Facebook's Newest Feature Is a Godsend for Cops and BuzzFeed Listicle-Makers

The Citizen's Guide to the Future
Oct. 1 2013 11:54 AM

Facebook's Newest Feature Is a Godsend for Cops and BuzzFeed Listicle-Makers

Facebook Graph Search for posts and status updates
If you thought there were a lot of people posting idiotic things on Twitter, just wait 'til Facebook rolls out its latest search features.

Photo by Stephen Lam/Getty Images

When Facebook announced in January that it was coming out with a search function, people flipped out about the privacy implications. As it turned out, though, Facebook’s “Graph Search” wasn’t actually that powerful, and it’s hard to say how many people really used it. It could answer queries people’s likes and basic profile information, but not about their actual posts or status updates.

That’s about to change. On Monday, Facebook announced that it’s starting to roll out an update to Graph Search that allows people to run searches like, “Posts about the government shutdown by my friends,” or “Posts about the government shutdown by my friends who are Republicans,” or maybe, “Status updates about drinking by my friends from 2006.” It actually sounds kind of fun, if you’re the one doing the searching. Less so if you’re the one who forgot to set those embarrassing old posts to “private.” (In which case, here’s how to change that before it’s too late.)

Advertisement

As with just about everything Facebook does these days, the feature is careful to observe the specific privacy settings of everyone’s posts, so if you set yours to “friends only,” then they’ll only turn up in your friends’ search results. But as TechCrunch’s Josh Constine points out, the expanded Graph Search may amount to the end of “privacy by obscurity” on the site:

Before Timeline, your old posts were essentially locked away behind hundreds of clicks of the “more posts” button at the bottom of your profile. This is known as “privacy by obscurity.” Technically your old content was still accessible, but it was really tough to find, essentially making the past a secret.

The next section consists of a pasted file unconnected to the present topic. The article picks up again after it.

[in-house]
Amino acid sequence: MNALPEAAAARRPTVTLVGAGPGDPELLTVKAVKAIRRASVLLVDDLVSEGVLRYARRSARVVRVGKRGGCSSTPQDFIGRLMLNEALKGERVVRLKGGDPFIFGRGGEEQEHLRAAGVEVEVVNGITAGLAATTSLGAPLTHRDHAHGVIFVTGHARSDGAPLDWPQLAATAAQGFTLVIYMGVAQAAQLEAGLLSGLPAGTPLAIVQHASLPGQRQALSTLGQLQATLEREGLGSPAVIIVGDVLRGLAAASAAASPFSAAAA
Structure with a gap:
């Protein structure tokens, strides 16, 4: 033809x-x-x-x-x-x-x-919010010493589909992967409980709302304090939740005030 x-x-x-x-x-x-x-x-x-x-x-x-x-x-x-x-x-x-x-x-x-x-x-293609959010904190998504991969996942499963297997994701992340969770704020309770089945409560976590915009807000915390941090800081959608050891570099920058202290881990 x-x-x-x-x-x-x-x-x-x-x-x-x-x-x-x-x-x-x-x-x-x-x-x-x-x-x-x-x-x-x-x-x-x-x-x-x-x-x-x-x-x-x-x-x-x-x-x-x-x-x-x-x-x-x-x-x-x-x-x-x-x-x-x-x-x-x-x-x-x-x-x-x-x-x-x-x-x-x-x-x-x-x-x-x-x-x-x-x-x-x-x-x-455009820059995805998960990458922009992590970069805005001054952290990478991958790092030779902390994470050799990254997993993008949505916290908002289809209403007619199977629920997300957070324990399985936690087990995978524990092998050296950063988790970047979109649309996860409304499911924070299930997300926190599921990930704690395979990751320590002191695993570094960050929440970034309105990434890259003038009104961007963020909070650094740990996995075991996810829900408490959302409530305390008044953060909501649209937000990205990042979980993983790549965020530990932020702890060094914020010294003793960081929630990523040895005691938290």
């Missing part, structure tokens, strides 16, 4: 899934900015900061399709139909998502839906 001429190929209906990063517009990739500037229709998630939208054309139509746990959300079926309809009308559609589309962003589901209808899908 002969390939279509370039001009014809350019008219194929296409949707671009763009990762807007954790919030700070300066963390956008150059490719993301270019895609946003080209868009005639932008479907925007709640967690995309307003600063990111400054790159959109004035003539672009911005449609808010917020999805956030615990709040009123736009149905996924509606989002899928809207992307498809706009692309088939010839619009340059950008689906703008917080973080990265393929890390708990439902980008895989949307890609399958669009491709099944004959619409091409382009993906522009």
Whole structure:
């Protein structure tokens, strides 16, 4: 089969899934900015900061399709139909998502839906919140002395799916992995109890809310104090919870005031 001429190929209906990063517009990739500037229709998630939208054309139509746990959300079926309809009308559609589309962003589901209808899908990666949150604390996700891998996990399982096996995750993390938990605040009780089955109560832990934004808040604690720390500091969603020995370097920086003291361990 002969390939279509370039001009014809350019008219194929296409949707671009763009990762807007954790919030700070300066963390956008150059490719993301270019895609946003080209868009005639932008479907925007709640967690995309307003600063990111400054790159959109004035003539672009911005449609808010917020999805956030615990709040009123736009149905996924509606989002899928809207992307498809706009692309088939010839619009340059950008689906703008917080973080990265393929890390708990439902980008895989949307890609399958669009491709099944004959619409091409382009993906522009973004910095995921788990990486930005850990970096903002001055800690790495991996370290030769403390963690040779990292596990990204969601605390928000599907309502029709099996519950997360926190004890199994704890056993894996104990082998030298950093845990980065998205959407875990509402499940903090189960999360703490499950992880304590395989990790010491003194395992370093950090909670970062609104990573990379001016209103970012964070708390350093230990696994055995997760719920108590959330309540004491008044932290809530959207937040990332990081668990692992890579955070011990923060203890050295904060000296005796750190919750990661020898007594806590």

Now those old posts can be dredged up with the right search terms.

Even so, Graph Search seems unlikely to suddenly become popular with the average user. The wonky syntax required to return the proper results may deter people who are accustomed to being able to phrase their queries however they like on Google.

Instead, for the time being, it may appeal more to people like journalists, who’ll be able to search things like, “Posts about flooding written by people in Colorado,” and police, who in theory could run a search for "Status updates about drinking from people who live in Springfield and are under 21." Oh, and don't forget Buzzfeed listicle-makers, who will no longer be forced to rely exclusively on Twitter to find people saying racist things about whomever is in the news at the moment. If you thought there were a lot of bigoted morons on Twitter, just wait ’til you see how many there are on Facebook.

Will Oremus Will Oremus

Will Oremus is Slate's senior technology writer.

Future Tense is a partnership of SlateNew America, and Arizona State University.

TODAY IN SLATE

Jurisprudence

Scalia’s Liberal Streak

The conservative justice’s most brilliant—and surprisingly progressive—moments on the bench.

Scotland Votes to Remain in U.K.

There’s a Way to Keep Ex-Cons Out of Prison That Pays for Itself. Why Don’t More States Use It?

The Music Industry Is Ignoring Some of the Best Black Women Singing R&B

Can Democrats Keep Counting on Republicans to Offend Women as a Campaign Strategy?

Culturebox

Theo’s Joint and Vanessa’s Whiskey

No sitcom did the “Very Special Episode” as well as The Cosby Show.

Television

The Other Huxtable Effect

Thirty years ago, The Cosby Show gave us one of TV’s great feminists.

Cliff Huxtable Explains the World: Five Lessons From TV’s Greatest Dad

Why Television Needs a New Cosby Show Right Now

  News & Politics
Weigel
Sept. 18 2014 8:20 PM A Clever Attempt at Explaining Away a Vote Against the Farm Bill
  Business
Moneybox
Sept. 18 2014 6:02 PM A Chinese Company Just Announced the Biggest IPO in U.S. History
  Life
The Slate Quiz
Sept. 18 2014 11:44 PM Play the Slate News Quiz With Jeopardy! superchampion Ken Jennings.
  Double X
Doublex
Sept. 18 2014 8:07 PM Crying Rape False rape accusations exist, and they are a serious problem.
  Slate Plus
Behind the Scenes
Sept. 18 2014 1:23 PM “It’s Not Every Day That You Can Beat the World Champion” An exclusive interview with chess grandmaster Fabiano Caruana.
  Arts
Brow Beat
Sept. 18 2014 4:33 PM The Top 5 Dadsplaining Moments From The Cosby Show
  Technology
Future Tense
Sept. 18 2014 6:48 PM By 2100 the World's Population Could Be 11 Billion
  Health & Science
Science
Sept. 18 2014 3:35 PM Do People Still Die of Rabies? And how do you know if an animal is rabid?
  Sports
Sports Nut
Sept. 18 2014 11:42 AM Grandmaster Clash One of the most amazing feats in chess history just happened, and no one noticed.